Online guidance competence

Online guidance refers to guidance that does not take place face-to-face, in the same physical space. Online guidance can either be synchronic remote guidance which takes place in real-time (via tools such as Skype, Connect Pro, a chat, telephone, SMS or WhatsApp) or asynchronic, not in real-time, (websites, email, blogs, Twitter, Facebook pages, Screencast-o-matic, YouTube).

Benefits of online guidance:

  • Independent of time
  • Independent of place
  • Accessibility (mobile devices) > suited to the students’ different life situations and circumstances
  • May lower the threshold for contact (for shy students, for example)
  • Some people express themselves better in writing than verbally
  • In group guidance, online guidance leaves time for actual interaction when some of the subject matter has already been studied independently, for example by watching videos
  • All guidance meetings leave a ‘trace’
  • May enhance peer learning and support (such as Yammer, Facebook and WhatsApp  groups)

Challenges of online guidance:

  • Successful interaction, small amount of non-verbal communication (feedback, taking emotions into account)
  • Technical problems
  • Some students may not be comfortable with using online technology
  • Peer support, sense of belonging in the group (if all studying takes place online)
  • Sufficiently early detection of problems (those about to drop off the group, students with different challenges, passive students)
  • Privacy and confidentiality (for social media channels in particular)
  • Time management – when the tutor is available, and not on-call for 24/7
  • The functionality of networks and support services online (guiding the student onwards)

Confidentiality and ethical aspects

Confidentiality is one of the cornerstones of guidance. Even in online guidance, the physical location of providing guidance is significant: others should never see or hear you handling the students’ personal matters. When planning online guidance, it is important to pose the following questions: what kind of information is passed and how is it processed? How strong is the authentication required by the service? Who is the administrator of the service? All services, in which the user can be identified, may cause a confidentiality risk. It is a good idea to make rules with the students about what kind of matters can be discussed in the different tools and media.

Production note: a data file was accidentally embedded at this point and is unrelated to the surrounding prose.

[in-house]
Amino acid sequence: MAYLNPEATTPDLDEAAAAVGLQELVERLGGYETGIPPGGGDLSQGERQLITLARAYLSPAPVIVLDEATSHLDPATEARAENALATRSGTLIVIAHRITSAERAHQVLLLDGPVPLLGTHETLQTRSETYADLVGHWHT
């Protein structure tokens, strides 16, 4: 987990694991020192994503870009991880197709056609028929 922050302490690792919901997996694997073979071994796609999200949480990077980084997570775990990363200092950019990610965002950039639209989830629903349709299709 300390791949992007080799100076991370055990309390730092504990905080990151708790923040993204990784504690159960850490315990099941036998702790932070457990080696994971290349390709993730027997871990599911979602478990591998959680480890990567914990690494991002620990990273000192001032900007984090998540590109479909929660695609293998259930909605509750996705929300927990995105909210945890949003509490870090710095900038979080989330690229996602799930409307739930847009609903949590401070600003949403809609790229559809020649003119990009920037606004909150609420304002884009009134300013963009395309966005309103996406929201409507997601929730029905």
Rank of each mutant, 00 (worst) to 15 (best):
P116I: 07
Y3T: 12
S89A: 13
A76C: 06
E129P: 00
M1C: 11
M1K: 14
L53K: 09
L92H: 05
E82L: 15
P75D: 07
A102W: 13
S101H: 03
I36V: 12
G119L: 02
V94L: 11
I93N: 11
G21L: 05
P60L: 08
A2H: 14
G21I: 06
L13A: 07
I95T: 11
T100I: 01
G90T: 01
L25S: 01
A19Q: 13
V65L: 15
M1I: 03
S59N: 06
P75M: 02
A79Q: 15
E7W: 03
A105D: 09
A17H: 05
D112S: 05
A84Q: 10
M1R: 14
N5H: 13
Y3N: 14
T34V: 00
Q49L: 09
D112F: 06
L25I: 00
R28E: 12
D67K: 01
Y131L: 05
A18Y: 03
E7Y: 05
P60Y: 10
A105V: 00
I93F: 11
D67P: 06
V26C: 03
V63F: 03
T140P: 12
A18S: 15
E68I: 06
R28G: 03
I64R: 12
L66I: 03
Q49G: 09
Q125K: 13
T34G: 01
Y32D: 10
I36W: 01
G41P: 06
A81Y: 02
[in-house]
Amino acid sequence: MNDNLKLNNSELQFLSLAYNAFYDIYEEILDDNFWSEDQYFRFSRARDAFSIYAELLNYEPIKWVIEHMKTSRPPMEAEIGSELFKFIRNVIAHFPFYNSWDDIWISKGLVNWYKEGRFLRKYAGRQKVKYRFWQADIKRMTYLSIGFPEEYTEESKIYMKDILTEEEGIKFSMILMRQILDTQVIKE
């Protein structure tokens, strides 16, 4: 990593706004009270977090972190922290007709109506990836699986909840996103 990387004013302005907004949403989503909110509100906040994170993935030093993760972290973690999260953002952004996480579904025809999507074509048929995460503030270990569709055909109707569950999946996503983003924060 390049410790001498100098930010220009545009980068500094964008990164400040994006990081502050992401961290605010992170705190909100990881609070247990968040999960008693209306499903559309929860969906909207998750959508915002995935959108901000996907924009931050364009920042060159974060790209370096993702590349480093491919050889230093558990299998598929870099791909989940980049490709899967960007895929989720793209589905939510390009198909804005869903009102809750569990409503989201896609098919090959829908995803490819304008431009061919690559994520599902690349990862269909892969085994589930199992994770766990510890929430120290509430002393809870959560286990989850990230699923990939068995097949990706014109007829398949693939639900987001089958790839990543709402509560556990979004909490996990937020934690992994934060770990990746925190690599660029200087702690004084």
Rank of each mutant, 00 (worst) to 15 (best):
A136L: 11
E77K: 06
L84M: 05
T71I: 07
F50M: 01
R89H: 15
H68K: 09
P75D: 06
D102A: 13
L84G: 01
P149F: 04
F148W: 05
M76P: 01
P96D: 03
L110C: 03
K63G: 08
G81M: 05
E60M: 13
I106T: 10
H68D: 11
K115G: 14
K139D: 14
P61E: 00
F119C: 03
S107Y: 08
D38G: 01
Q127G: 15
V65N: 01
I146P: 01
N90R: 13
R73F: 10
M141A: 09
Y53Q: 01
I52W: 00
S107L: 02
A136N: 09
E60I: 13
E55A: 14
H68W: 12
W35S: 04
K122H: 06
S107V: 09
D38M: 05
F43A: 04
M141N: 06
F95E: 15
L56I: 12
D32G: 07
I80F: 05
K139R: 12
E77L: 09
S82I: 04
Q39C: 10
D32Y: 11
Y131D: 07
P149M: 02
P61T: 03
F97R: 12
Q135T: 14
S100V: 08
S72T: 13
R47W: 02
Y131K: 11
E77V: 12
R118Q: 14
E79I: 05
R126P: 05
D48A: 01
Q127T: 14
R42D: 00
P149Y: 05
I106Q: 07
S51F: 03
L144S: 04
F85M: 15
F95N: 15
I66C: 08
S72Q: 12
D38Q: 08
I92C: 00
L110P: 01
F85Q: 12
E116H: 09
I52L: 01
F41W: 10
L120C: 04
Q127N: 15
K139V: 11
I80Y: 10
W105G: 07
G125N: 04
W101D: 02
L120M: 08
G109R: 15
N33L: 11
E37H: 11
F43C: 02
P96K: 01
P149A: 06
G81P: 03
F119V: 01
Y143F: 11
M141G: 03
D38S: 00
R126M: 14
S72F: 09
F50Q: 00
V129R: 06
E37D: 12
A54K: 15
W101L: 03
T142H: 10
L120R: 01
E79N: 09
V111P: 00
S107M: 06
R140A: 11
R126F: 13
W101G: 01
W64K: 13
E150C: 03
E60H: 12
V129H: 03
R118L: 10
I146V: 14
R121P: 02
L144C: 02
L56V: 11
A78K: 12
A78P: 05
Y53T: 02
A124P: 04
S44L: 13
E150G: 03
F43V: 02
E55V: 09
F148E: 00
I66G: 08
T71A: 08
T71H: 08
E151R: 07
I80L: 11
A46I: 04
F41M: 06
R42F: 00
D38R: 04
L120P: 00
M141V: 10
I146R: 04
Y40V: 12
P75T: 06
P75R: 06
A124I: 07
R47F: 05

Even though the privacy settings in social media can be adjusted, you should always be aware of the risk of spreading information. Due to identity thefts, user IDs may even end up in the wrong hands altogether. For data security, the most secure platforms are the systems supported by JAMK, into which JAMK user IDs are required. It is important to be able to utilise the flexibility of social media channels, but the parties must recognise and understand the boundaries related to the confidential information.  Furthermore, students or career tutors cannot be obliged to use services provided by third parties.

Selecting and managing the right tool

There are several suitable tools to support online guidance, such as email, SMS, Optima, Adobe Connect, Skype For Business, videos, Facebook, Twitter, WhatsApp, Webropol surveys, blogs, ePortfolios… It is a good idea to listen to the students about the tools they would like to use. Be brave in trying out new tools, but it might be best for all those involved to keep the number of different systems manageable.

Learn more about the tools on the Benefits and challenges of tools for online guidance page.

Online presence and accessibility

  • Feeling of togetherness and trust
  • Accessibility (exact information: who, when, where)
  • How is the feeling of togetherness built? How do we break the ice?
  • Ask for tips and advice from a more experienced colleague: tutoring in pairs may be very rewarding.

Comments from the online tutors (JAMK / autumn 2016):

  • “Clarity, precision, anticipation and easy access are key.”
  • “When the primary communication takes place through the screen, the task instructions, workspaces and other information must be precise, carefully written, unambiguous and available in good time —”
  • “In a way, tutoring is more challenging — the different wishes, matching schedules etc. and, at times, the technical functioning of the devices and out-dated tools all pose some challenges… On the other hand, the desire to become a better online tutor encourages me to do better and find new solutions every day.”